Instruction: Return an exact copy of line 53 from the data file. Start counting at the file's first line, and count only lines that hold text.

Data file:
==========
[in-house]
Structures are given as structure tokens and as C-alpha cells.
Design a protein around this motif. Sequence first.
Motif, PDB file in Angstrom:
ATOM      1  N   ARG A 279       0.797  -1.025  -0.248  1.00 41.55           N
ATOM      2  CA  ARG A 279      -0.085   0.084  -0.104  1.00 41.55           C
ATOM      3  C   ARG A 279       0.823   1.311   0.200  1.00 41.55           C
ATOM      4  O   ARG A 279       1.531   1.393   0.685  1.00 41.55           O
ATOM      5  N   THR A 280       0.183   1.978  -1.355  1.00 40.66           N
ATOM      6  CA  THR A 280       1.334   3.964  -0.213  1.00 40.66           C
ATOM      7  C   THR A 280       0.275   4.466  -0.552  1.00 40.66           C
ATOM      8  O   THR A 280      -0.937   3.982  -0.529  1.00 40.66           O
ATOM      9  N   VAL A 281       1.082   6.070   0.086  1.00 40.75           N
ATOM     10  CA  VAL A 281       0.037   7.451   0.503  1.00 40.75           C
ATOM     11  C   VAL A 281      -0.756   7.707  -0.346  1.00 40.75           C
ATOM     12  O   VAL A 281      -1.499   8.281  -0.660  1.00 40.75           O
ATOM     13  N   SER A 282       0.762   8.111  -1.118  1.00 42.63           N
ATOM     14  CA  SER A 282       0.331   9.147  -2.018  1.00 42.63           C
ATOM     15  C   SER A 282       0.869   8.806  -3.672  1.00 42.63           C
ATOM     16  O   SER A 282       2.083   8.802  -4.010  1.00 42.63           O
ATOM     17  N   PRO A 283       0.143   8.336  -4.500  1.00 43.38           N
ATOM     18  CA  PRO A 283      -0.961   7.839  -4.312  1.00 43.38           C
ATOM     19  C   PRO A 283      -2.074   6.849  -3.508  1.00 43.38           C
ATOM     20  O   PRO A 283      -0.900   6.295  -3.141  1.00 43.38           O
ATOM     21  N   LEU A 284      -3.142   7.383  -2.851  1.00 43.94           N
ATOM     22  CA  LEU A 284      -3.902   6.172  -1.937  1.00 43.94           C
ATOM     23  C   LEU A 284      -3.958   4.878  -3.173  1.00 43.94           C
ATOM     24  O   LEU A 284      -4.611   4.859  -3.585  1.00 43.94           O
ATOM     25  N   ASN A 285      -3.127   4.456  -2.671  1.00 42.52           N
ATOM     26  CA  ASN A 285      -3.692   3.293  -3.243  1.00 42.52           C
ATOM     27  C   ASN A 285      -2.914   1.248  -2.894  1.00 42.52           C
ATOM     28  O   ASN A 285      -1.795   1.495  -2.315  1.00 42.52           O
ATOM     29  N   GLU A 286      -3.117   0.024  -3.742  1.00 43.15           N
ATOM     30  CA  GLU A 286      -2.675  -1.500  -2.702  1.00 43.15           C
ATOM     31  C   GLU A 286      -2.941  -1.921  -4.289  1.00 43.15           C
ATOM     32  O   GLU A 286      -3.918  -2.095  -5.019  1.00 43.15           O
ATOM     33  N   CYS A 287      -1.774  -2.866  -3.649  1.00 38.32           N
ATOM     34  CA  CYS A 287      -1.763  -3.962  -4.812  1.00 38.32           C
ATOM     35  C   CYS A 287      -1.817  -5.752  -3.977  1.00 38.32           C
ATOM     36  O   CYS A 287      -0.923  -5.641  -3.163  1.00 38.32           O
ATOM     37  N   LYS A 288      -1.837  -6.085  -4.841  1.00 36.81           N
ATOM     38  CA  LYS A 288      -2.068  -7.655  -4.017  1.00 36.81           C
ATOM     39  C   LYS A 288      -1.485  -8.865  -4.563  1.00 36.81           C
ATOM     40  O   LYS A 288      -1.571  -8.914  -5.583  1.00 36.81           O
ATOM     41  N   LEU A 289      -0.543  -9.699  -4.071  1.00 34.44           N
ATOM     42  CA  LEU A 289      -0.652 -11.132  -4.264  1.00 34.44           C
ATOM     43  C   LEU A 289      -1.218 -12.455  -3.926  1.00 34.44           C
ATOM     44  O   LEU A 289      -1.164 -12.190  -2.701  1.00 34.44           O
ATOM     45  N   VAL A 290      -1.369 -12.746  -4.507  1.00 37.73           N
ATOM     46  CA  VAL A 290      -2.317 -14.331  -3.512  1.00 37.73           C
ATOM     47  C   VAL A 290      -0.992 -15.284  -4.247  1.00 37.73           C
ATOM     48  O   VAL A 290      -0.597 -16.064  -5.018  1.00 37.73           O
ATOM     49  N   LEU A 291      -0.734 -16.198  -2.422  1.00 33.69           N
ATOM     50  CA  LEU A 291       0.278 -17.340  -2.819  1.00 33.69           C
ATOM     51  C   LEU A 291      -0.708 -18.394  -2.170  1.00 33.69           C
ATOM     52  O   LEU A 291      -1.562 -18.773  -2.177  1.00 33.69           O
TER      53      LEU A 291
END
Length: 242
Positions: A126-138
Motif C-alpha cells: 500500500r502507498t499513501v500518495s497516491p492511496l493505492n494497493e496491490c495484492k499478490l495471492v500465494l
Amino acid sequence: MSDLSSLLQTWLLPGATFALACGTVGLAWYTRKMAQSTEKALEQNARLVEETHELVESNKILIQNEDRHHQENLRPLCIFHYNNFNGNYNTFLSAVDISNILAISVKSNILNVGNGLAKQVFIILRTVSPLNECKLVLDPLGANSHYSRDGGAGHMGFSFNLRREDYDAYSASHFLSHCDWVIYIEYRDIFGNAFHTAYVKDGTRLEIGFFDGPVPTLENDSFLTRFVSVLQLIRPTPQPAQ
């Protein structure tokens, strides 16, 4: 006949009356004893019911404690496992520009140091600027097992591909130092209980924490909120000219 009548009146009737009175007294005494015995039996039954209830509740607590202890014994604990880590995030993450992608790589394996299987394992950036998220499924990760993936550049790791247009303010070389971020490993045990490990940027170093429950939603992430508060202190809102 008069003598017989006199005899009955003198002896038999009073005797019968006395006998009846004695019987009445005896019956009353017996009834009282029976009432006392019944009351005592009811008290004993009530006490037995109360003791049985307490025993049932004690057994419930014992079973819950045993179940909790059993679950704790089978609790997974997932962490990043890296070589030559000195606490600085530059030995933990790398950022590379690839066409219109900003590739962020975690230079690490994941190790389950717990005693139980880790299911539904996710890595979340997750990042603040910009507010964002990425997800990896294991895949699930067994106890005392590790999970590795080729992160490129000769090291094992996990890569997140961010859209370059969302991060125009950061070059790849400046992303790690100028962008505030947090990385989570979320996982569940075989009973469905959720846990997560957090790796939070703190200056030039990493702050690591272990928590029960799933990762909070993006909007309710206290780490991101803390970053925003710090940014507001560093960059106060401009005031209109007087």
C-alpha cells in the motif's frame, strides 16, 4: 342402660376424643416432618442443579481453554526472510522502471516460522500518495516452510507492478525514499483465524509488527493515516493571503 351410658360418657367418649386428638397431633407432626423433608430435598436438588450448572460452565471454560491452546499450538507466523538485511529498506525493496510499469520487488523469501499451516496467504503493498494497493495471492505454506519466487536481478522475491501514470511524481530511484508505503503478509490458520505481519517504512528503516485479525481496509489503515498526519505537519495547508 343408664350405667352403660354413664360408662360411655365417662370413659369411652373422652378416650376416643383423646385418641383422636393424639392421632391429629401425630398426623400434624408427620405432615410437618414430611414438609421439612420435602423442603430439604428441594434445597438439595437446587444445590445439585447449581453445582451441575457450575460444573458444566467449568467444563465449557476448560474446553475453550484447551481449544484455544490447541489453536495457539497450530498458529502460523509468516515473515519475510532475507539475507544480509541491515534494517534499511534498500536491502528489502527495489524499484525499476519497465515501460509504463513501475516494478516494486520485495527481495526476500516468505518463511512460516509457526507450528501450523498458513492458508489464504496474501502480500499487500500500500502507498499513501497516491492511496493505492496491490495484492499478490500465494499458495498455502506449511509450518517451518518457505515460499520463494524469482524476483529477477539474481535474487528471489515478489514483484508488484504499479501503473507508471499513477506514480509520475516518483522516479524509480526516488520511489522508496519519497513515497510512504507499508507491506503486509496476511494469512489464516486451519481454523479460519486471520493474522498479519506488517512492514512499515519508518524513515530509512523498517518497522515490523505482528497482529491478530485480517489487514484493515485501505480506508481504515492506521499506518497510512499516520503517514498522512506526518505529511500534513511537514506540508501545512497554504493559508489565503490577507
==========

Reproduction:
ATOM     49  N   LEU A 291      -0.734 -16.198  -2.422  1.00 33.69           N